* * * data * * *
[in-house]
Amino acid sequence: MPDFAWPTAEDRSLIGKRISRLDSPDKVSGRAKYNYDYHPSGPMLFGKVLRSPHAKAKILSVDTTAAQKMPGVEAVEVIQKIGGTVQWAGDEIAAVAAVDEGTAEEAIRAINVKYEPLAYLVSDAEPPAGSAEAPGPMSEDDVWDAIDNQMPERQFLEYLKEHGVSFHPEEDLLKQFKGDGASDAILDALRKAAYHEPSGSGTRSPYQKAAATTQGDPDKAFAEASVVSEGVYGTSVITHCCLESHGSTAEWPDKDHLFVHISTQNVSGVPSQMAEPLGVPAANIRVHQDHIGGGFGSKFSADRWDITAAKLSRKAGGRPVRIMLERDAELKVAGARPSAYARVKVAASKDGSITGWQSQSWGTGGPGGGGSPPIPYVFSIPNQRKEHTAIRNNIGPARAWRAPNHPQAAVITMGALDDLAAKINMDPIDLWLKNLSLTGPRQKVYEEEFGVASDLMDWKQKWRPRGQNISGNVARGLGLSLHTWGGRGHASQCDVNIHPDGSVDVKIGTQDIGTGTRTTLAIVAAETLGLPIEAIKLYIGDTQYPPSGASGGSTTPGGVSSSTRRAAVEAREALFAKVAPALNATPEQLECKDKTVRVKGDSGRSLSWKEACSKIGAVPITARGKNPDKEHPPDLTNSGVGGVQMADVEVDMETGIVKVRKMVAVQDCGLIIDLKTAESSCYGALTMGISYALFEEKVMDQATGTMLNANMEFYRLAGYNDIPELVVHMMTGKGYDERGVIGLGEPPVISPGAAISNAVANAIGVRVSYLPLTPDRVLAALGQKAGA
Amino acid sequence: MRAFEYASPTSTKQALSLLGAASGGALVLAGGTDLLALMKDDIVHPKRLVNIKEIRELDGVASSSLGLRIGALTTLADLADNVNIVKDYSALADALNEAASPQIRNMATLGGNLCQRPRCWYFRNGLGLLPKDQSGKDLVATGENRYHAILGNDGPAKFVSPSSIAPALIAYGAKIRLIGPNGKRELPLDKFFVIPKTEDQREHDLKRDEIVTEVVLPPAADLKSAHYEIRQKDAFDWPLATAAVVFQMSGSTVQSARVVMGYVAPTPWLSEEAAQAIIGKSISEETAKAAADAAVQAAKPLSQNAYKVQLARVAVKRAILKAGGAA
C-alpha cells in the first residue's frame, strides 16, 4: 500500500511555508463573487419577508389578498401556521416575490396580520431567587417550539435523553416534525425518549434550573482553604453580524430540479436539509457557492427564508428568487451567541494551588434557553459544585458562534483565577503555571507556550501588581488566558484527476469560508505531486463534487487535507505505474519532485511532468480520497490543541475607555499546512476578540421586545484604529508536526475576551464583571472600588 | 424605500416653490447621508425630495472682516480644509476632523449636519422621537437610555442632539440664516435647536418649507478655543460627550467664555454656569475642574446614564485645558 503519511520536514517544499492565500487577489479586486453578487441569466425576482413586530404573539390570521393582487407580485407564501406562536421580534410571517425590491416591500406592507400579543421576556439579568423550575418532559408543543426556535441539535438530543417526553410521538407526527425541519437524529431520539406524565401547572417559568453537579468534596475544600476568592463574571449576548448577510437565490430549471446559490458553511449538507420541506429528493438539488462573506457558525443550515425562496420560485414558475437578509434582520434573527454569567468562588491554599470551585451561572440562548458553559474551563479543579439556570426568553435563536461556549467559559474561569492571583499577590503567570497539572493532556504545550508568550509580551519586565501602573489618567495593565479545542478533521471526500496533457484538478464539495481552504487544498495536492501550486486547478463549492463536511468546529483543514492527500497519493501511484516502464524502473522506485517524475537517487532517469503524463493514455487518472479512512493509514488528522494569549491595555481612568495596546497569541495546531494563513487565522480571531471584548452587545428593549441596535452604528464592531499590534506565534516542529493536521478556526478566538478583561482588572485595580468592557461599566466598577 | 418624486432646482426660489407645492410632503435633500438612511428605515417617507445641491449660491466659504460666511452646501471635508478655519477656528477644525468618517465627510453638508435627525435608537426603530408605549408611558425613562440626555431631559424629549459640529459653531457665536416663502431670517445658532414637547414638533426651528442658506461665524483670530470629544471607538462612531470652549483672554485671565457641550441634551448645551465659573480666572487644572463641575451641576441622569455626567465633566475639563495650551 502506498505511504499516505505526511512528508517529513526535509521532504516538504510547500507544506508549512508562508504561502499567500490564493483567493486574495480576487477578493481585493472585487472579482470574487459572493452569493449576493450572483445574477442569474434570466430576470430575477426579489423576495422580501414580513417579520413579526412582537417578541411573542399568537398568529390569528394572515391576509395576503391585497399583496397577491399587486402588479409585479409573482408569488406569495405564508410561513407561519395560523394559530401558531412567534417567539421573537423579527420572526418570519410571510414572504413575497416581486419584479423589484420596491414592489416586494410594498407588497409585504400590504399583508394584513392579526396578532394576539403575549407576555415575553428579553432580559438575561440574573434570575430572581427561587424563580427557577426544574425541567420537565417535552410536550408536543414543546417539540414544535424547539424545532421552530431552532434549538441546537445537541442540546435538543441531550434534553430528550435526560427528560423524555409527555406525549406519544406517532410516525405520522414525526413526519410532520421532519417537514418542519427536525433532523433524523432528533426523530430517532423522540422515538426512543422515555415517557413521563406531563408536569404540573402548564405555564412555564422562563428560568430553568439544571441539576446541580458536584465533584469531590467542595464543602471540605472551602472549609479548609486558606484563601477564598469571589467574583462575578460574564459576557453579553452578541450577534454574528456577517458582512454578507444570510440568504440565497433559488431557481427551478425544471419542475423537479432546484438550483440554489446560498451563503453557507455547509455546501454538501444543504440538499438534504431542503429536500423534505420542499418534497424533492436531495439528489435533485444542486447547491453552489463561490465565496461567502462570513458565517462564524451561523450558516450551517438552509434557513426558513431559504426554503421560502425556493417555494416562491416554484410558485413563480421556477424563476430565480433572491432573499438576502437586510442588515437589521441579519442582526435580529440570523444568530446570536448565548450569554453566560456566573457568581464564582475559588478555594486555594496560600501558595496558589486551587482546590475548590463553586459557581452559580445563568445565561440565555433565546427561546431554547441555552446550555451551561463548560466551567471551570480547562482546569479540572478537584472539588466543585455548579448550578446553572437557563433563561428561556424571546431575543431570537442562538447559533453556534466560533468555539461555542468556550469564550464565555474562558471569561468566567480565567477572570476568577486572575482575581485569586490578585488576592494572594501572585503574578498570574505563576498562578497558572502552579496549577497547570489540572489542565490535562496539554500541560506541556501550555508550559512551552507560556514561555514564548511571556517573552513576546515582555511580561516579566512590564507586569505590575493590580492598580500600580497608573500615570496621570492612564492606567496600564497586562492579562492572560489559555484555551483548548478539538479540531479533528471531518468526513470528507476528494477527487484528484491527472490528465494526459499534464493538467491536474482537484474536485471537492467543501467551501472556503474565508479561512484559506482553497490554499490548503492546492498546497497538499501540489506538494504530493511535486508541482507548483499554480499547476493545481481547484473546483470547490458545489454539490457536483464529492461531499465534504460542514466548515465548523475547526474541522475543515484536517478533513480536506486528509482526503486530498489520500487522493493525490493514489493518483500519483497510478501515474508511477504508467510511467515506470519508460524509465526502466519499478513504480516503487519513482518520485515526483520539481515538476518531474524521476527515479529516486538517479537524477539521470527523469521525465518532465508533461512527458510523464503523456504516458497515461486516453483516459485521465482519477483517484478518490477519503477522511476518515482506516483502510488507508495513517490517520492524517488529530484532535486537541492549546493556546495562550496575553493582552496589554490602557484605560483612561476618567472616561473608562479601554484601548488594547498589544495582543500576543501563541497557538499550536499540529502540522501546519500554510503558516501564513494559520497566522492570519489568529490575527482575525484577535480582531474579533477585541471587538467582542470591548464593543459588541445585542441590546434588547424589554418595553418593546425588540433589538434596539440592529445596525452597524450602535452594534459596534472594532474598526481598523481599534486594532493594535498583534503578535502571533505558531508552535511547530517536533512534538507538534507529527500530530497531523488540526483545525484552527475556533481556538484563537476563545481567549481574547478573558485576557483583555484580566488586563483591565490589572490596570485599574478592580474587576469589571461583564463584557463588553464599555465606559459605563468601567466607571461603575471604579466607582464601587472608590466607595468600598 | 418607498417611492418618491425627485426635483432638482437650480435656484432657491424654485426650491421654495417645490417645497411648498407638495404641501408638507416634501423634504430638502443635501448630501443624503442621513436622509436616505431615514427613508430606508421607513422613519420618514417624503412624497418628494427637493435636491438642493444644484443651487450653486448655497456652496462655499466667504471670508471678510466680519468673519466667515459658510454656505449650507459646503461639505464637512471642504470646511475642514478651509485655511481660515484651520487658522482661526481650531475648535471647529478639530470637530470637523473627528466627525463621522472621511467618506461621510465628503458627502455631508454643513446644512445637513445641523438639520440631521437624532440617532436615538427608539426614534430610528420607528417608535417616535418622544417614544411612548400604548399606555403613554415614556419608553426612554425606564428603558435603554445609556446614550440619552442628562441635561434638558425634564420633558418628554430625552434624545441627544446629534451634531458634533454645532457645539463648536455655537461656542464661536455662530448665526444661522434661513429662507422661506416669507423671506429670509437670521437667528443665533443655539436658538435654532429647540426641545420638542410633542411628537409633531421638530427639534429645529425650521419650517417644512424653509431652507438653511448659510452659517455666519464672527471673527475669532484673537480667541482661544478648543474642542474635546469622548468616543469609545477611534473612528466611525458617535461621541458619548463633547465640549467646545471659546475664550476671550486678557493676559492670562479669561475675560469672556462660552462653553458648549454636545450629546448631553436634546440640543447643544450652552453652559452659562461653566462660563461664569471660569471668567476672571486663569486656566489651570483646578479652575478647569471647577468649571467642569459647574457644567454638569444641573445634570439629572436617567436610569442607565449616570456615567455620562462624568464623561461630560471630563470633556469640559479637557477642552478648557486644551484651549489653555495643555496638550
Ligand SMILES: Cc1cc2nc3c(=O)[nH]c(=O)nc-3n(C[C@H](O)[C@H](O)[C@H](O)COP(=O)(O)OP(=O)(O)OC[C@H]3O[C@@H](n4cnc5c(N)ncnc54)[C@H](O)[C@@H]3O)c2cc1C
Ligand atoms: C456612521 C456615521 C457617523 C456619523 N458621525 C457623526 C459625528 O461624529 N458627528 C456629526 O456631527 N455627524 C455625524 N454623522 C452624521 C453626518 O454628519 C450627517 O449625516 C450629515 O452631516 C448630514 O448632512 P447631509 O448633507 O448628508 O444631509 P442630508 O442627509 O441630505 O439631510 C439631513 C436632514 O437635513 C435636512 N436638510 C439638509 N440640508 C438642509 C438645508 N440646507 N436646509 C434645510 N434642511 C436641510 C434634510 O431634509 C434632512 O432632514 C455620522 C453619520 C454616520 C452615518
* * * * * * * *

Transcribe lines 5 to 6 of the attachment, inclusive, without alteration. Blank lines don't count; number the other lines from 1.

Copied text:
Ligand SMILES: Cc1cc2nc3c(=O)[nH]c(=O)nc-3n(C[C@H](O)[C@H](O)[C@H](O)COP(=O)(O)OP(=O)(O)OC[C@H]3O[C@@H](n4cnc5c(N)ncnc54)[C@H](O)[C@@H]3O)c2cc1C
Ligand atoms: C456612521 C456615521 C457617523 C456619523 N458621525 C457623526 C459625528 O461624529 N458627528 C456629526 O456631527 N455627524 C455625524 N454623522 C452624521 C453626518 O454628519 C450627517 O449625516 C450629515 O452631516 C448630514 O448632512 P447631509 O448633507 O448628508 O444631509 P442630508 O442627509 O441630505 O439631510 C439631513 C436632514 O437635513 C435636512 N436638510 C439638509 N440640508 C438642509 C438645508 N440646507 N436646509 C434645510 N434642511 C436641510 C434634510 O431634509 C434632512 O432632514 C455620522 C453619520 C454616520 C452615518